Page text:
The treatment process incorporates automation and some of the most advanced industry technologies, including high-rate ballasted flocculation, ozone disinfection and biologically active granular activated carbon filtration. In a large-scale, six-week pilot testing program, Tampa Bay Water compared this process design to the conventional flocculation-sedimentation design specified in the project’s base bid. The utility concluded that the selected compact treatment process produced better finished water quality, improved process reliability, lowered treatment costs and reduced space requirements by one-fifth.

In the first stage of treatment, Veolia’s ACTIFLO® microsand ballasted high-rate clarification process removes color, total organic carbon and turbidity from the raw water. During the process, microsand and polymer are added to the water. While impurities in the water adhere to these substances and sink quickly to the bottom of the settling tanks, the water rises to the top for further treatment. At this point, lime is added to help raise the water’s pH level to normal.

Then ozone gas disinfects the water, efficiently destroying microorganisms and pathogens, avoiding formation of chlorination byproducts, and improving taste and odor. Generated on-site ozone is much safer for plant employees and nearby community members.

Post-oxidation, lime is again added to raise the water’s pH level before the water is sent to the granular activated carbon dual media filters. In addition to removing any remaining turbidity or solid particles, the filters also biologically remove the dissolved organic compounds that were oxidized in the ozone process.

Sodium hypochlorite and aqua ammonia are added in the final stage of water treatment, to create chloramines. Finished water from the surface water treatment plant is blended with desalinated water and groundwater in nearby storage tanks. The blended water is then sent to Tampa Bay Water’s distribution system or remains stored until needed.

Solid byproducts of the water treatment process are dewatered to 18 percent, using on-site gravity thickeners and mechanical belt presses. After air-drying, the residuals are hauled away for processing as fertilizer for the citrus industry.

In addition to the advanced and unique technologies used, the facility supplied the first nongroundwater source to the TBW regional system. For the first time ever, TBW supplied customers with a blend of treated surface water and groundwater.

Quality and Implementation
TBW’s state-of-the-art SWTP came online in Sept. 2002 – a mere 28 months after the DBO team received the contract. The facility successfully handles a wide range of flow rates and treats variable source water, with a turbidity level consistently at 0.25 NTU. TBW is also meeting water quality standards that are three times greater than those required by the U.S. EPA’s Safe Drinking Water Act and state regulations.

To help preserve the area’s ecosystem and ensure the rivers maintain a minimum flow rate, the regional water agency carefully follows its water use permit and calculates daily water withdrawal amounts. When river flows are higher, more water is withdrawn; however, no water is withdrawn below a designated low-flow amount. TBW also regularly conducts environmental studies to make sure the water plant is not adversely affecting the source waters.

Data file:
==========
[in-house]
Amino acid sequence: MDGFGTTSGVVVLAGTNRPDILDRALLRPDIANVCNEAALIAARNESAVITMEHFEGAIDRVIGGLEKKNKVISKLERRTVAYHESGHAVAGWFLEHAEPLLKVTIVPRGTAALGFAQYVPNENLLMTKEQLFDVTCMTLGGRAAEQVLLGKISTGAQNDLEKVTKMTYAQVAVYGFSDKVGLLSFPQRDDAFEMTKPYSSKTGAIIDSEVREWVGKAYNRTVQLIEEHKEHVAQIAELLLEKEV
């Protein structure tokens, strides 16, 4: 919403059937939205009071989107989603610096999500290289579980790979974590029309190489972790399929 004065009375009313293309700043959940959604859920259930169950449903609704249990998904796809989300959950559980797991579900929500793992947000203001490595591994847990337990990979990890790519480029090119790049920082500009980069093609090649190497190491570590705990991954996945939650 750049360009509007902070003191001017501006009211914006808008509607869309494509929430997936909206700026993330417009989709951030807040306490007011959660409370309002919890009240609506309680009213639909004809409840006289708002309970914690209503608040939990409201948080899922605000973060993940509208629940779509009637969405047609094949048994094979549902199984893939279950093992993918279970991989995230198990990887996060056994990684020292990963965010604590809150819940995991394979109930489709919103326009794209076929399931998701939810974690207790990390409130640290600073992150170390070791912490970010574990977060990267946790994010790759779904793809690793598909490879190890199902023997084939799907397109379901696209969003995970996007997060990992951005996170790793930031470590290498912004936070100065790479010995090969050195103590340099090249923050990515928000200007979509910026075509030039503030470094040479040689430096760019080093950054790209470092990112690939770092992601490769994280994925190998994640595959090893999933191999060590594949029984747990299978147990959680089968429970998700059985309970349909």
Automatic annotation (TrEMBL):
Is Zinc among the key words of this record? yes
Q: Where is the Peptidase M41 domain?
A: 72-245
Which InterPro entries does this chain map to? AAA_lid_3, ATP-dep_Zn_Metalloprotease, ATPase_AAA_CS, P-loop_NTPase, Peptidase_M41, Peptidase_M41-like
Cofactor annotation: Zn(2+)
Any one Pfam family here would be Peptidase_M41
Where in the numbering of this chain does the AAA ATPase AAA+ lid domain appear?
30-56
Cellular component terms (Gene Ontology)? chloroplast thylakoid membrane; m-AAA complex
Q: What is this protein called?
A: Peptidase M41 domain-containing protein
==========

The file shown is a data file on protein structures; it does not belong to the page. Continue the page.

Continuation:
Economics – Appreciable Cost Savings
The regional utility estimates that its partnership with the water treatment provider will save the region’s member governments approximately $85 million or 21 percent over the contract lifecycle.

These savings will ultimately be passed on to ratepayers. Additionally, Veolia is providing water at 53.9 cents per 1000 gallons, which is significantly lower than TBW’s original estimates.

The regional water utility also saves in labor costs. The SWTP’s highly automated, user-friendly graphic interface control system allows the plant to operate with a staff of only 16.

Strong Partnership Made Project Successful – Documentation of Benefits to both Public and Private Partners
“The DBO was successful largely because of the strong partnership between TBW and members of the design/build team,” says Jerry L. Maxwell, general manager of TBW. “We faced several challenges throughout the project, but the team effort ultimately made this project a success.”

Three months into the project, a local environmentalist group filed suit to challenge the project’s construction permit for using the design/build delivery method. The challenge was ultimately defeated, but it delayed the start of construction by five months. Then mid-way through the permit challenge, TBW discovered the need to increase the designed plant capacity from 60 MGD to 66 MGD. Veolia amended the plans, without altering the project completion date.

Stewart McKenzie, vice president of development for Veolia’s Southern region, touts the utility’s patience and support as equally important to the project’s success. “TBW has been very supportive throughout the project. Utility personnel actively participated in making decisions, but deferred to the team’s expertise and knowledge on designing, building and operating the plant.”

The partnership between TBW and the DBO team is gaining industry recognition. In 2003 alone, the plant received two awards. The Associated General Contractors of America honored the utility with the 2003 Build America Award in the “Municipal & Utilities – New” category.

And the American Academy of Environmental Engineers bestowed its Grand Award – Design on TBW at the 2003 Excellence in Environmental Engineering competition.

“Partnering facilitated the fast-track delivery of this project,” says Veolia’s Jack Rebholz, P.E., PMP, senior project manager. “Without partnering, the project would not have flowed as seamlessly.”

The Tampa Bay community also appreciates the team’s efforts. In addition to reducing the strain placed on the region’s groundwater supplies and producing high-quality drinking water at a low cost, Veolia is working with local Tampa Bay elementary schools to educate children about filtration, rain and other water concepts. Many area schools are using Veolia’s Water Box teaching tools that contain an entire school year’s worth of water experiments.

NCPPP MENUS